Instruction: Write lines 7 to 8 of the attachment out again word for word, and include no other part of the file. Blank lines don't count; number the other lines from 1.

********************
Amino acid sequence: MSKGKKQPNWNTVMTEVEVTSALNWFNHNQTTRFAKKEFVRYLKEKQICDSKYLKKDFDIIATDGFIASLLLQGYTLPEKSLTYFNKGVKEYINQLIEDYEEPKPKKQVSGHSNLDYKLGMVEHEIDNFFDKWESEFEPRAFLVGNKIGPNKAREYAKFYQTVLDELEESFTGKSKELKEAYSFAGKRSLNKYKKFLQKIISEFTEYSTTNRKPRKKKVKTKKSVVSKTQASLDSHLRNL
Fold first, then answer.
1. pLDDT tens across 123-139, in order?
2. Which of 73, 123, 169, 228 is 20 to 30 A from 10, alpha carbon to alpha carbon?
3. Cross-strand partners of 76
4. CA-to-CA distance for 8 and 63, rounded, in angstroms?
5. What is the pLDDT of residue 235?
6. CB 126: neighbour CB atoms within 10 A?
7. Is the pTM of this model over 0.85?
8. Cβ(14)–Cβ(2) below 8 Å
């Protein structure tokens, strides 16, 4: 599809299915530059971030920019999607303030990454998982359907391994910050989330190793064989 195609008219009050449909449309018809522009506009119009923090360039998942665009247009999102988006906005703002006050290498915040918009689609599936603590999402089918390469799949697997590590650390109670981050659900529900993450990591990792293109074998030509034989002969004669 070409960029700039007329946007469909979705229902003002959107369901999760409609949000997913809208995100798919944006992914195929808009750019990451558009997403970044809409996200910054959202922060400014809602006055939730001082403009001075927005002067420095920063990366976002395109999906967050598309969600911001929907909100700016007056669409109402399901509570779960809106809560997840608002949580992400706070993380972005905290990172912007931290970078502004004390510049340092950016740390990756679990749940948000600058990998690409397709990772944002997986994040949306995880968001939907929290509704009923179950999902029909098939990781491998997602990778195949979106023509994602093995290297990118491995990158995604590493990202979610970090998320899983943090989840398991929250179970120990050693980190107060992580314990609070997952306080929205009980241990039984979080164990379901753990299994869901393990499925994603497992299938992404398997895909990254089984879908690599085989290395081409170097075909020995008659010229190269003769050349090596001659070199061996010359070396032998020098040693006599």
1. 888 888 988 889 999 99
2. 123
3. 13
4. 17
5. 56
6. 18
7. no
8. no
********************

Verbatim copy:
5. What is the pLDDT of residue 235?
6. CB 126: neighbour CB atoms within 10 A?